This can be either an eight or six days program where you will discover the most amazing corners of Patagonia on both the Argentinean and Chilean sides, including the mighty Perito Moreno Glacier, Torres del Paine National Park with the fascinating Grey glacier and Los Glaciares National Park which provides stunning views of Mount Fitz Roy.
Both programs can be combined with a visit to the vibrant city of Buenos Aires, the imposing Iguazú falls and with a Malbec wine tasting in Mendoza. At the same time we can include a few days exploring the marvelous Atacama Desert in Chile.
To start organizing your visit to Patagonia get in touch.
If you’ve ever visited the Cathedral in Cuzco you may have noticed a painting depicting Jesus and his disciples at The Last Supper. Although it looks like a piece of religious European art it was painted by a Peruvian man called Marcos Zapata in the 18th century. After the Spanish conquered the Inca Empire in 1534 they tried to convert the remaining Incas to Catholics and one of the ways they tried to do this was through art. Religious artists from Spain were sent to Cuzco to open the Escuela Cuzqueña (Cuzco School) and teach indigenous Quechua people and mestizos how to draw and paint. What’s interesting about Zapata’s painting are the Andean cultural influences that may not be immediately apparent. Native Peruvian foods including peppers, corn and different coloured potatoes adorns the table as well as cuy (guinea pig), a typical Andean staple. It’s commonly considered that the drink is either chicha (fermented corn) or the local fire-water Pisco. To the forefront of the painting Judas can be seen holding a bag of money below the table. Some say that this figure looks very similar to Francisco Pizarro, the Conquistador who captured and murdered the Inca Emperor Athualpa.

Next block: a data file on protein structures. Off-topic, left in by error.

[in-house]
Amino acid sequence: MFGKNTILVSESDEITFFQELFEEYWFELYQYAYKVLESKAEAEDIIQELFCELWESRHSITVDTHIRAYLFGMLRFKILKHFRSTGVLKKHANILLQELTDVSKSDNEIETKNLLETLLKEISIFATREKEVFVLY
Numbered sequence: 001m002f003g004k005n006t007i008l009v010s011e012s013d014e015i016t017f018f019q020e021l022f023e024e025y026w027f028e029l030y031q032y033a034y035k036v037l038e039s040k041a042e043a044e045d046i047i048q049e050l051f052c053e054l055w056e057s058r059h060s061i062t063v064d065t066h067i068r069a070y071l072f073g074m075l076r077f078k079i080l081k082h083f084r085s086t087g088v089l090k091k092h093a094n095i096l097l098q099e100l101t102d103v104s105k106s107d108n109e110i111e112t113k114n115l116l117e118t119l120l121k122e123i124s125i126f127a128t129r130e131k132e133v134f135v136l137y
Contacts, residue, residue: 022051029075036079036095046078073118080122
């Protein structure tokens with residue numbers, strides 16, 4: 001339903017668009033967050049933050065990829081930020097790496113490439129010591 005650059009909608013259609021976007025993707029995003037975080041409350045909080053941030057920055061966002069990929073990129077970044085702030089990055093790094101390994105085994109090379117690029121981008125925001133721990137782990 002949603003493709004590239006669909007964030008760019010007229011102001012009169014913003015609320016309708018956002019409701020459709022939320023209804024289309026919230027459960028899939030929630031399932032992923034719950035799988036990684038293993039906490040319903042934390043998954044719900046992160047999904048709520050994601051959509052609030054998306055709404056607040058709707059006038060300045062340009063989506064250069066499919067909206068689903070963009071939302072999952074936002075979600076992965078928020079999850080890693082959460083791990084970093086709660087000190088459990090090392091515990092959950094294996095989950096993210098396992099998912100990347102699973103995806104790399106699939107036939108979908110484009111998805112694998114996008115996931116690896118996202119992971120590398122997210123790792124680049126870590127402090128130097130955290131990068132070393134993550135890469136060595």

Want to see the painting for yourself? Get in touch.
1. Capuchin Monkey
4. Crab Eating Fox
5. Giant Anteater
6. Giant River Otter
7. Howler Monkey
10. Collared Peccary
12. Tegu Lizard
13. Blue & Yellow Macaw
15. Greater Rhea
16. Hyacinth Macaw
17. Yellow Armadillo
18. Female Anhinga
19. Great Black Hawk
20. Jabiru Stork
21. Toco Toucan
Want to see some of the wildlife in the Pantanal? Start planning your trip here.
The coastline of Peru offers some superb seafood. Probably Peru’s most famous dish is ceviche, made from raw fish marinated in lime juice. Although the dish varies from region to region its typically served with peppers, red onion and white corn. We suggest only eating ceviche whilst travelling near to the coast as the fish will be considerably fresher. Those who are feeling brave can drink the citrus juice left over which is known locally as tiger’s milk. Take a look at our recipe here.
2. Lomo Saltado
Another classic Peruvian dish invented using Asian methods of cooking brought by Chinese immigrants. Sliced beef, red onions, aji chillies, soy sauce and coriander are stir fried and then mixed with fried potatoes and served with white rice. Delicious. Take a look at our online recipe here.
Probably not for those who are squeamish about their food (or serious pet lovers). Cuy is grilled guinea pig usually served whole. This really is a staple of the Andean communities and is much tastier than it looks.
A popular fast food throughout many counties in Latin America, Salchipapas is a simple dish of fried hot dog sausages and French fries served with a variety of sauces and condiments. This inexpensive filling dish is found at small restaurants and street stalls all over the country.
5. Aji de Gallina